Even if your child hasn’t officially been diagnosed with autism spectrum disorder, he may still benefit from certain treatments. The Individuals with Disabilities Education Act (IDEA) makes those treatments possible for children under age 3 who may be at risk for developmental problems.
The type of treatment your child receives for autism spectrum disorder depends on his individual needs. Because ASD is a spectrum disorder (meaning some children have mild symptoms and others have severe symptoms) and each child who has it is unique, there are a variety of treatments.
They can include different kinds of therapies to improve speech and behavior, and sometimes medications to help manage any medical conditions related to autism.
The treatments your child can benefit from most depends on his situation and needs, but the goal is the same: to reduce his symptoms and improve his learning and development.
Behavior and Communication Treatments
Applied Behavior Analysis (ABA). ABA is often used in schools and clinics to help your child learn positive behaviors and reduce negative ones. This approach can be used to improve a wide range of skills, and there are different types for different situations, including:
- Discrete trial training (DTT) uses simple lessons and positive reinforcement.
- Pivotal response training (PRT) helps develop motivation to learn and communicate.
- Early intensive behavioral intervention (EIBI) is best for children under age 5.
- Verbal behavior intervention (VBI) focuses on language skills.
Developmental, Individual Differences, Relationship-Based Approach (DIR). This kind of treatment is better known as Floortime. That’s because it involves you getting on the floor with your child to play and do the activities he likes.
It’s meant to support emotional and intellectual growth by helping him learn skills around communication and emotions.
Treatment and Education of Autistic and Related Communication-handicapped Children (TEACCH). This treatment uses visual cues such as picture cards to help your child learn everyday skills like getting dressed. Information is broken down into small steps so he can learn it more easily.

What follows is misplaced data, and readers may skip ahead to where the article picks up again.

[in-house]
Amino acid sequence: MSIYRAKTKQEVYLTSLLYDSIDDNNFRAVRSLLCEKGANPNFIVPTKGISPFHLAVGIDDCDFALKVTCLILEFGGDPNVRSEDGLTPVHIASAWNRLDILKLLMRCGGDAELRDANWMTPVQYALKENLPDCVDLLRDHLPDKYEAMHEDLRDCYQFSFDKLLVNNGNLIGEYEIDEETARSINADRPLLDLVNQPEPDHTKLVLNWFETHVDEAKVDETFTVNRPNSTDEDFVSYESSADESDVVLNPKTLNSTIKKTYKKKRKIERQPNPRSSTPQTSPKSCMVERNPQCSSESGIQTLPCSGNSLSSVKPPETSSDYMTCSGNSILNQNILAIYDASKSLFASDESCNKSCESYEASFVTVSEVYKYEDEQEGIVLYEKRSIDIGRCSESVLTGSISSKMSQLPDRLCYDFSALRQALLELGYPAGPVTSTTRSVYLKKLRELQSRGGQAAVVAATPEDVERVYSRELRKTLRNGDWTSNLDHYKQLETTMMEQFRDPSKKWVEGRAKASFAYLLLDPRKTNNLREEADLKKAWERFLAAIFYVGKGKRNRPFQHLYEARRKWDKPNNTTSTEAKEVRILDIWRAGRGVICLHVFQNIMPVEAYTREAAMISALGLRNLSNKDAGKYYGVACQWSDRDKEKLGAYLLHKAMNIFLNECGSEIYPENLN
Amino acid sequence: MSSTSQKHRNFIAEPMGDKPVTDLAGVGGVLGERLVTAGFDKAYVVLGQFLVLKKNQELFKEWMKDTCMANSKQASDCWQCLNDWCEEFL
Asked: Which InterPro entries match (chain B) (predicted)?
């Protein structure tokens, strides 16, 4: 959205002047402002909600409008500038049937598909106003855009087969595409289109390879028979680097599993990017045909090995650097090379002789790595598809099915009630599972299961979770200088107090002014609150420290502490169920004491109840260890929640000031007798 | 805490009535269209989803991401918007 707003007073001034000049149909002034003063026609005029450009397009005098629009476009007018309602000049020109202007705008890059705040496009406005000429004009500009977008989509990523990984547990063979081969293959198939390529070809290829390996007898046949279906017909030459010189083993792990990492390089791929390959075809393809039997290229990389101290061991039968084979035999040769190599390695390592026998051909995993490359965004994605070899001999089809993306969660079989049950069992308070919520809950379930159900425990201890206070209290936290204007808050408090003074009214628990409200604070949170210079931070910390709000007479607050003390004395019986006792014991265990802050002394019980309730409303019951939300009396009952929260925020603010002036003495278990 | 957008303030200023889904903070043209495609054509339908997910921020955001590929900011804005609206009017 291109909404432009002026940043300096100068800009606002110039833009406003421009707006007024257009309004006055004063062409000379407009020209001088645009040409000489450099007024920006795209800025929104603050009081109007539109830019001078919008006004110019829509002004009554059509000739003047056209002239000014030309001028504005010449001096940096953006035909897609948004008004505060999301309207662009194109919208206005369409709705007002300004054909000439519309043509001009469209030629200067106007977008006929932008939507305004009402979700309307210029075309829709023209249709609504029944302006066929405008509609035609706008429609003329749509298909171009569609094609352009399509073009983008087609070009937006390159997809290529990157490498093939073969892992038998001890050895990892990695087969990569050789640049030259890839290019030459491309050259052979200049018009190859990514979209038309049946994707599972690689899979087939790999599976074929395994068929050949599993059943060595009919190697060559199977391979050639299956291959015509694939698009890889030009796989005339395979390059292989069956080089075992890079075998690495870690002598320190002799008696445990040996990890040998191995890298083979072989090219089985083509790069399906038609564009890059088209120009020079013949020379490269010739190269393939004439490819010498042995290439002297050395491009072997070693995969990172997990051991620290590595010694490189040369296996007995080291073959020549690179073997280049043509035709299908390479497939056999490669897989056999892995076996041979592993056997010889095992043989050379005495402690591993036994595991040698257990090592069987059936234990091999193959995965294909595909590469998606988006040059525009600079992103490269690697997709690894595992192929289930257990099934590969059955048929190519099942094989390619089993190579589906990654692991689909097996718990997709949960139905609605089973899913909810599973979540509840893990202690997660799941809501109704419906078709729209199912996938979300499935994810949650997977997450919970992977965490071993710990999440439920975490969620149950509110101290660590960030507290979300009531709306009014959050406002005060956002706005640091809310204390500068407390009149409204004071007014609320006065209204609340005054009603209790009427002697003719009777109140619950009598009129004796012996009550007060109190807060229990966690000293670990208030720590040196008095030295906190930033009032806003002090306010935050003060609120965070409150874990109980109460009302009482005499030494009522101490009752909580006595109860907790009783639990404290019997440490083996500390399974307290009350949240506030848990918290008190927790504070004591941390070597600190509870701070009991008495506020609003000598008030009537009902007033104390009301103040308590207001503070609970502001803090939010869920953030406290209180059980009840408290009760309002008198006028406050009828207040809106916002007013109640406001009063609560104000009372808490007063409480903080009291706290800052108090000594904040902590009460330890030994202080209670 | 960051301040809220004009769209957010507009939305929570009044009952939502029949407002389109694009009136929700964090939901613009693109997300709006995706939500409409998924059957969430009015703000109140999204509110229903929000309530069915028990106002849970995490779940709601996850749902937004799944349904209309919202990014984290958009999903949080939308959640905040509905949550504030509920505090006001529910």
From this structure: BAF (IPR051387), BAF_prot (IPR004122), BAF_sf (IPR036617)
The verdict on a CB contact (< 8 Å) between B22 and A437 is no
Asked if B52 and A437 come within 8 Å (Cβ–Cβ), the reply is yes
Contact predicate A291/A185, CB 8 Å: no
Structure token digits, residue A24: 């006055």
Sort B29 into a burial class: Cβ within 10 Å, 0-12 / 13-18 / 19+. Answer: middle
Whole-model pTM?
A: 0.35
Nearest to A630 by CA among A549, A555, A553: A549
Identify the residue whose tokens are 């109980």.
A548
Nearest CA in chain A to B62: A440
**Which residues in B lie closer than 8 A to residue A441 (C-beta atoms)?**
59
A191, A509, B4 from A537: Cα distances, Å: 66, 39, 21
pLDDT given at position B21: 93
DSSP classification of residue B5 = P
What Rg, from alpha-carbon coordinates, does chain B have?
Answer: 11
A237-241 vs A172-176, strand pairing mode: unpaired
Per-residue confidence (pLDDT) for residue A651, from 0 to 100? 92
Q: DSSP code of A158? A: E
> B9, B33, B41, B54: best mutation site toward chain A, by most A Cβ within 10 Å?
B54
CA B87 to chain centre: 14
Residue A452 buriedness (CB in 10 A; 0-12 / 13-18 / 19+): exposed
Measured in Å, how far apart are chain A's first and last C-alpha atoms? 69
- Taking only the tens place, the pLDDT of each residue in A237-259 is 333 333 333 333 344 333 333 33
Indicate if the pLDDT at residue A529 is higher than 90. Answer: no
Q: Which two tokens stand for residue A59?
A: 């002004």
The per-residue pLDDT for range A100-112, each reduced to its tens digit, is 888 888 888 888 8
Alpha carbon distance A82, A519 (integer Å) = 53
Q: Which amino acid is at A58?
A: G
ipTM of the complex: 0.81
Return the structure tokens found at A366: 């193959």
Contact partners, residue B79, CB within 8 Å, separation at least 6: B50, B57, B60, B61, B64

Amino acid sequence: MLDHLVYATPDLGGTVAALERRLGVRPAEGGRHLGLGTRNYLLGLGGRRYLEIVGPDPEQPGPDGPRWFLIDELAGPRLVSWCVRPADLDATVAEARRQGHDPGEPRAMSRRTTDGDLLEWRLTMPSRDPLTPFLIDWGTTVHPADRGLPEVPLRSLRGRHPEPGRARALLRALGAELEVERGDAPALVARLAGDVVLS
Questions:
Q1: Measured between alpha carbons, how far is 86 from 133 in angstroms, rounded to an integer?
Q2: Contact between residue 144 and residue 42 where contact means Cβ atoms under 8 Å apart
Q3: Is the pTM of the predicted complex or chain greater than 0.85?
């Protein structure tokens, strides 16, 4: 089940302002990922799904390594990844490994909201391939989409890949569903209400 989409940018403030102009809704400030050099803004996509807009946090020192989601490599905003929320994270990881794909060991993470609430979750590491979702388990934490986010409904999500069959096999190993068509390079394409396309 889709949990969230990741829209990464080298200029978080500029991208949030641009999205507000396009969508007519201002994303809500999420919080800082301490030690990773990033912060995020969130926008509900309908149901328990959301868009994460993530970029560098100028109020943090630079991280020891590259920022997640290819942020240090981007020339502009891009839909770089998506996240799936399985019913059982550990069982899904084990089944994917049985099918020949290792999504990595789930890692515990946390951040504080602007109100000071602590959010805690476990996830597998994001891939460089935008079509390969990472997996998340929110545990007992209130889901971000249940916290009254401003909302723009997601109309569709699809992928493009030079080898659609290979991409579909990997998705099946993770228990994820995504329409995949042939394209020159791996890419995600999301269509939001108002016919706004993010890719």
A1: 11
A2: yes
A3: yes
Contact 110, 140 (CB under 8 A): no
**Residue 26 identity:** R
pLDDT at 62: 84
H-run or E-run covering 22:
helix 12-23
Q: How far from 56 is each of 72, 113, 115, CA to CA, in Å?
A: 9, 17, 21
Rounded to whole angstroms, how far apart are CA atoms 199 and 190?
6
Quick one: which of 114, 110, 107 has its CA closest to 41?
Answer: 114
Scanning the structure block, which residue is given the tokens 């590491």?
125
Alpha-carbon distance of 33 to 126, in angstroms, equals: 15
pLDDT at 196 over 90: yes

The Picture Exchange Communication System (PECS). This is another visual-based treatment, but it uses symbols instead of picture cards. Your child learns to ask questions and communicate through special symbols.
Occupational Therapy. This kind of treatment helps your child learn life skills like feeding and dressing himself, bathing, and understanding how to relate to other people. The skills he learns are meant to help him live as independently as he can.
Sensory Integration Therapy. If your child is easily upset by things like bright lights, certain sounds, or the feeling of being touched, this therapy can help him learn to deal with that kind of sensory information.
Studies have shown that medication is most effective when it’s combined with behavioral therapies.
Some doctors will prescribe other drugs in certain cases, including selective serotonin reuptake inhibitors (SSRIs), anti-anxiety medications, or stimulants, but they’re not FDA-approved for autism spectrum disorder.
Talk with your child’s doctor about whether there are medicines that treat his symptoms.
Experts don’t recommend any specific diets for children with autism spectrum disorder, but getting proper nutrition is important. Sometimes kids with ASD restrict their food or parents try eliminating things like gluten to see if it helps symptoms improve.
However, there is no research that has proven that removing gluten or casein (proteins in wheat and milk products) from their diet is a helpful treatment for ASD, and limiting foods like dairy can prevent proper bone development.
Kids with autism spectrum disorder tend to have thinner bones than kids without it, so bone-building foods are important. You might want to work with a nutritionist or registered dietitian to develop a healthy eating plan.